"Togawa is post-punk. That's her middle ground. On one side is a little girl's voice and, at the other end, is opera. Lyrics in Japanese such as on dismemberment as proof of love. Her voice is all vulnerable strength."
"Greatest, most eloquent rough album by kids on being kids. Raw brilliance before the filler gained a place on their albums to come, with some of their best: Careless, Shiftless, Johnny's (on Johnny Thunders), I Hate Music (on Tommy, 14yr-old bassist)."
"All those irresistible tunes backed up during years of experimentation. Then the dam broke. Ubu always hated punk and its reductive tendency. They weren't punk, they were avant garde. It imbues melody upon melody here."
"Kevin Rowland spearheading breaking of new ground (he doesn't know another way) but remembered, tiresomely for all-time for just Eileen. Soul & punk, searing lyrics. No brilliant side A only for them."
"Masterpiece again from those silly-looking & sounding 80's. After avant-gardist Rooftops LP, this, still inclined to walk beside a long drop, the sound dripping with melancholic appreciation of the moment due to that yearning voice like someone crying in the dark, over non-'real' instrumentation that expresses the feeling totally."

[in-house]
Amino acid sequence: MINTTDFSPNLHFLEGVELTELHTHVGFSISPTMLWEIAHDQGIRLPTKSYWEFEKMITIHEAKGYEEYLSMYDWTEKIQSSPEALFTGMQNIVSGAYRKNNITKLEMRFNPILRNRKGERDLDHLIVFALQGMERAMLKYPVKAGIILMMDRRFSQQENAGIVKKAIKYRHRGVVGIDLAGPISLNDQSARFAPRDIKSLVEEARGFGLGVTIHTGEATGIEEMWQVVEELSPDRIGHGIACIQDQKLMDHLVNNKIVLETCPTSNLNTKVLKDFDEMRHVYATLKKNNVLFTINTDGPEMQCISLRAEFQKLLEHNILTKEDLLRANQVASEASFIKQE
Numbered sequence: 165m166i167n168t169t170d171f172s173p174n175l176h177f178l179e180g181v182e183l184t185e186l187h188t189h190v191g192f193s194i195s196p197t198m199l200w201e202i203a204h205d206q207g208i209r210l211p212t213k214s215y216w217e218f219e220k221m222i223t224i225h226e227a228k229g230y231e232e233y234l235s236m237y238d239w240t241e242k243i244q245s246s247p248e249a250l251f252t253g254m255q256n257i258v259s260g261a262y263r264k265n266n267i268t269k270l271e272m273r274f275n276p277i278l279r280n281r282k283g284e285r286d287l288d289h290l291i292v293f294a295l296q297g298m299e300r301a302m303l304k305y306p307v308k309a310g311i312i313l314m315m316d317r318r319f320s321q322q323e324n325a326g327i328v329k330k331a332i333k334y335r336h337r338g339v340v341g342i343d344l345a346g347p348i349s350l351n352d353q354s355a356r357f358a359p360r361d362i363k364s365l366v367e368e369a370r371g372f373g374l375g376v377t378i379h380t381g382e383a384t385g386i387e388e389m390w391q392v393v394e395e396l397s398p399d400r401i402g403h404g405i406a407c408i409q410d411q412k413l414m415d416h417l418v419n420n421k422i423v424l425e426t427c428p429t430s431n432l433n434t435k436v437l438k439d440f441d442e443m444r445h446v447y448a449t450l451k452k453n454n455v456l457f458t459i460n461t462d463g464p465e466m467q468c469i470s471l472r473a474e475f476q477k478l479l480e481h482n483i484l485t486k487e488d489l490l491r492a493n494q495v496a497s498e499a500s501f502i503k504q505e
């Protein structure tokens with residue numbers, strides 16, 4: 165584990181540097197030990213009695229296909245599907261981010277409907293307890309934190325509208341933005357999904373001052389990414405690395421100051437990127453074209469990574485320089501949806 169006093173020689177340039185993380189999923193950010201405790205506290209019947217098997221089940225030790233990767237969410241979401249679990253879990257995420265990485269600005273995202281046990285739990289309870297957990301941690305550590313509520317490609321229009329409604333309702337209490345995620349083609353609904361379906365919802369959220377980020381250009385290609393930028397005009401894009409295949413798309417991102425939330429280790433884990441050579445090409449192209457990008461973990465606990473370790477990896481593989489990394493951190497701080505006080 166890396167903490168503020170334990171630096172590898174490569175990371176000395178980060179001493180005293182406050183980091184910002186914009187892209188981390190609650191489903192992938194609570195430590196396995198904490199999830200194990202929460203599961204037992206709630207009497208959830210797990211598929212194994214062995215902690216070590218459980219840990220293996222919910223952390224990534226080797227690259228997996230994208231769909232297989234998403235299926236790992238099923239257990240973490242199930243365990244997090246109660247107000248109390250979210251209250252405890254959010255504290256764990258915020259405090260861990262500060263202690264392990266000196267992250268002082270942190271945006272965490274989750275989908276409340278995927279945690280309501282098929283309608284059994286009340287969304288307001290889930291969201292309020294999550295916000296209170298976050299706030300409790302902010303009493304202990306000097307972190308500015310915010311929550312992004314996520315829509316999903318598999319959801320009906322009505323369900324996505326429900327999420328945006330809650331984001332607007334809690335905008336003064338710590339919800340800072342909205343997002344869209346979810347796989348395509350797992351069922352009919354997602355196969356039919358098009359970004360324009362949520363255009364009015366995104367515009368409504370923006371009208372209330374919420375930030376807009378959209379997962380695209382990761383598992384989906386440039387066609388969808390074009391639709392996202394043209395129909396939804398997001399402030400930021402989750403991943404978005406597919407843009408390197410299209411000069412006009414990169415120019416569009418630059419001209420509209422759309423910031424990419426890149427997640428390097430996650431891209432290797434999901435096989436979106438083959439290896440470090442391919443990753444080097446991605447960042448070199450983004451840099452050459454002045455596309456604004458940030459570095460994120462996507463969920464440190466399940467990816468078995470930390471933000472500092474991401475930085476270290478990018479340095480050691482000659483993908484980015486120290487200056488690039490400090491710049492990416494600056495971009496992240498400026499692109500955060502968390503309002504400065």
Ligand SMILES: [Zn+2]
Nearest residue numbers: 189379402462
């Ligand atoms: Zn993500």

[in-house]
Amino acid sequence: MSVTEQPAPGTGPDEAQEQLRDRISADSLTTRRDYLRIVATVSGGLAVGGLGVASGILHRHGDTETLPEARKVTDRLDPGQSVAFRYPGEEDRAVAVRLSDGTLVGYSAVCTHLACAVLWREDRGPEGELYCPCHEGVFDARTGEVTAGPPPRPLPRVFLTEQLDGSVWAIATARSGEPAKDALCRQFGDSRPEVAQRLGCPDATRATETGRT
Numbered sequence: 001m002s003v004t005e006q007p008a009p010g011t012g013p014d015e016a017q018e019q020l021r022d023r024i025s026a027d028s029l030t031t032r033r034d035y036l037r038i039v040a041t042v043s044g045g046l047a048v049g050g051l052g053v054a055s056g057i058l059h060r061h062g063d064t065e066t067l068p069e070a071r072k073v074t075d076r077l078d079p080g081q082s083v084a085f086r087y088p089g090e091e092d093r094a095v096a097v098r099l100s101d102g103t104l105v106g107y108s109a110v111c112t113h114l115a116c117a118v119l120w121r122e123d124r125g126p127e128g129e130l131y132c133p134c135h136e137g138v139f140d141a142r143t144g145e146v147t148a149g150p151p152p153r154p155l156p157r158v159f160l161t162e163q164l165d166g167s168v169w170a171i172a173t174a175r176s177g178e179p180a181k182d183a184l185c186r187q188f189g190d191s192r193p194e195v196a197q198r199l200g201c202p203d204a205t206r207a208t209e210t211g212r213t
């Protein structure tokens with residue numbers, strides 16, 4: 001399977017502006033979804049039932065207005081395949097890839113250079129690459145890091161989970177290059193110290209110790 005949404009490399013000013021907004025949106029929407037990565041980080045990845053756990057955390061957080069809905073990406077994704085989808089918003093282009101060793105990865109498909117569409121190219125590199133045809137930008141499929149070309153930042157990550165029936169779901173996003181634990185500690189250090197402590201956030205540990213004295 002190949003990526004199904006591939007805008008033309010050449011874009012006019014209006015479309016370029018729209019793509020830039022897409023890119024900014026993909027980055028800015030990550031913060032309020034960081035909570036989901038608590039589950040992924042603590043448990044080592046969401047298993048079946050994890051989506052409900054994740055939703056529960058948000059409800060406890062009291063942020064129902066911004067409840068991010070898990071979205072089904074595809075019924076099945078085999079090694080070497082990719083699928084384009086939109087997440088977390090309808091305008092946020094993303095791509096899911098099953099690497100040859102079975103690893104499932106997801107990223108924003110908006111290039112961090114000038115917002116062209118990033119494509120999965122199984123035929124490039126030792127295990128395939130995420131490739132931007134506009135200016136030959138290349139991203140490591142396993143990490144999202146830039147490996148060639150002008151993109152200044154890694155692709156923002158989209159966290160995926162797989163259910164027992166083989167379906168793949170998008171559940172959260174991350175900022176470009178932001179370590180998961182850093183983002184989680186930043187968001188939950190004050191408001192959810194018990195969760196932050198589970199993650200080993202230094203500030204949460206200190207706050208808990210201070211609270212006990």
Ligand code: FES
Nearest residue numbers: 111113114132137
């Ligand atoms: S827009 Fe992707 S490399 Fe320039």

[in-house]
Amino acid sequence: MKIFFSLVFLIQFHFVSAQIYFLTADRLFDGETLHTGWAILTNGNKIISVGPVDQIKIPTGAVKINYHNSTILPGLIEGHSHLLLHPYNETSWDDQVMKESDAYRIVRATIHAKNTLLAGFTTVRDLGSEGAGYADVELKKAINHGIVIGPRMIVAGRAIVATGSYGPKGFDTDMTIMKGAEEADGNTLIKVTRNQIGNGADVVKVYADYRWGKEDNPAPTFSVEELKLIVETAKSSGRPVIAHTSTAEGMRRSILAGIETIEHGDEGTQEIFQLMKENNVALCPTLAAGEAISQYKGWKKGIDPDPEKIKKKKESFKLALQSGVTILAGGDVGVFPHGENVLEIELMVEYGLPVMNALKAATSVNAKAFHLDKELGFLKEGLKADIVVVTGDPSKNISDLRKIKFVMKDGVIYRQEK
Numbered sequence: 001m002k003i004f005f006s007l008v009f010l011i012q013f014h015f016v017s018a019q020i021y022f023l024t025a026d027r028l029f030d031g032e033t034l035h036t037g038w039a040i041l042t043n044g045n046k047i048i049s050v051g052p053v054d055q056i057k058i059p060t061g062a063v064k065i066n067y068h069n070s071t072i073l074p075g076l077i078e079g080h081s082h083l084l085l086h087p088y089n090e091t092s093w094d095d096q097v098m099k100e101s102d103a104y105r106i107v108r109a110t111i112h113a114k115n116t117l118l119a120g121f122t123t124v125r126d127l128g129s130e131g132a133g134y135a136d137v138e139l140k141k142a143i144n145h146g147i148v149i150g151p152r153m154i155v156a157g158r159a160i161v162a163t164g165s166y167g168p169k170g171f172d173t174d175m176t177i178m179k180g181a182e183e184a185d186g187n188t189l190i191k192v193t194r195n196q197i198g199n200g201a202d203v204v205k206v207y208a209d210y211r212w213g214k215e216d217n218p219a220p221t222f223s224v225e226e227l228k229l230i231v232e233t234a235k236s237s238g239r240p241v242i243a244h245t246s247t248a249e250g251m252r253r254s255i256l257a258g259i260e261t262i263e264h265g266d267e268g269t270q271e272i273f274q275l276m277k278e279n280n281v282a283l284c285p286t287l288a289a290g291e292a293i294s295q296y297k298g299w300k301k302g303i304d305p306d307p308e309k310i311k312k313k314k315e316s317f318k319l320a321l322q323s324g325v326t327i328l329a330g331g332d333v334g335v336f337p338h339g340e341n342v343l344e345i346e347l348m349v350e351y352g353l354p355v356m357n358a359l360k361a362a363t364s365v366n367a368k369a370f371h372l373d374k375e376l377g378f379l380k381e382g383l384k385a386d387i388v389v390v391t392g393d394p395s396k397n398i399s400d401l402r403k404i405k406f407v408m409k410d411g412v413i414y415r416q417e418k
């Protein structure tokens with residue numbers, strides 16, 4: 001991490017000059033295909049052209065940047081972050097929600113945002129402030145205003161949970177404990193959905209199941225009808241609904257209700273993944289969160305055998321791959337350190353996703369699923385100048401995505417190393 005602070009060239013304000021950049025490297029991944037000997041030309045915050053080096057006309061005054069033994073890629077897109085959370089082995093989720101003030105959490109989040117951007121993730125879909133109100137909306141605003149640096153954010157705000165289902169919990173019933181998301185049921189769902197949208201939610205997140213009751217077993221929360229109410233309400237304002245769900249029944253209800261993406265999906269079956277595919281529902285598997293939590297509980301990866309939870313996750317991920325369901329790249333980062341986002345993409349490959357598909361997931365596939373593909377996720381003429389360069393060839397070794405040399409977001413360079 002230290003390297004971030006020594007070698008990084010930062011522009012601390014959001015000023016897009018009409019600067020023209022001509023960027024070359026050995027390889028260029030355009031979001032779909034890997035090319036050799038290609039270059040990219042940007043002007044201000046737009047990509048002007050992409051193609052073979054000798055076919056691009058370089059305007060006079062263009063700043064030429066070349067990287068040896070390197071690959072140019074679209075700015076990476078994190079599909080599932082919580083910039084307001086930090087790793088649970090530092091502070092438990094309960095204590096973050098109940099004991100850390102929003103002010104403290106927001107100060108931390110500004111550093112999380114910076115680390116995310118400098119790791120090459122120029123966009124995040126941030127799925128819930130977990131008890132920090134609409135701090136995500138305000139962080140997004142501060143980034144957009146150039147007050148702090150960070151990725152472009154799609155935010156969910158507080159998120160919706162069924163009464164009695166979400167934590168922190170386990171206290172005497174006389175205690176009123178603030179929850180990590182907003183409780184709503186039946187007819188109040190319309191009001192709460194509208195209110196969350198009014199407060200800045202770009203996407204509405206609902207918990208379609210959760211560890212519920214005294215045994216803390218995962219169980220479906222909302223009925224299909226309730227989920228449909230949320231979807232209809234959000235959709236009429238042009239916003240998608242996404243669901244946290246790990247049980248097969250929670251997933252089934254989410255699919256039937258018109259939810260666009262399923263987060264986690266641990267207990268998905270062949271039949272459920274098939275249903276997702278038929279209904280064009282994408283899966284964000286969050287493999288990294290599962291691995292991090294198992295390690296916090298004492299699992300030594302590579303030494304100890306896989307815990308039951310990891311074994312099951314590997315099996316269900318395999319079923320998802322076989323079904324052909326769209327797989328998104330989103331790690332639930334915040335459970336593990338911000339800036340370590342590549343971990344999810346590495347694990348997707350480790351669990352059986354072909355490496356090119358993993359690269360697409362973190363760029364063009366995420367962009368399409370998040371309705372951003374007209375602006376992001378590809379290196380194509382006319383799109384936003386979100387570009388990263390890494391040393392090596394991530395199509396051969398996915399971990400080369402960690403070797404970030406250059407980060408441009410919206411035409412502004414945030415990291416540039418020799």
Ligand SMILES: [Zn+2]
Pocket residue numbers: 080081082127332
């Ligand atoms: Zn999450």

"Genius - when blinkers are off. 'Certain fantasies of a young man growing up in late 50's, ie, one of my height, weight and build.' Laid-back, detailed intensity in words & sound. Evocative & twisted"
"Despite the filler, the rest is the greatest English lyricist this side of Ray Davies '67-'71. They never again matched the unswerving genius of Suffer, Reel, Hand and Charming, filled out to greatness by Marr."
"The great man of Ubu's 20 yrs, which was sustained until '98, David Thomas, is almost eclipsed by synth showers falling under their own weight & anti-logic of Allen Ravenstine. Remaster - spectacular detail of most tuneful avant garde."
"Blinkers off. Martin Fry could do anything at this point. A scintillating set of driving, daring, unfeasibly passionate and tuneful '80's sounds' unconquered peak & brilliant free-association lyrics."
"From the unmistakable opening bassline intro, a combination that can't miss: melodies strong enough to underpin the primal vocals that compete with the guitar and bass for which it is exactly that raises the hairs on the nape of the neck. The words do the rest."
"The Replacements album with the largest number of their very best songs: Here Comes A Regular, Left of the Dial, Kiss Me on the Bus, Swingin Party, plus Can't Hardly Wait electric outtake on the remaster. Paul Westerberg's sensitive words of wit and understanding fronting messy rockin album."
"The most precociously brilliant writer of words (and tunes so fine that they do the words justice) of the '80s, and an interpreter to make all he touches his own, Shane McGowan, was at his best here, rasping and spitting out those words to Irish folk accompaniment going hell for leather"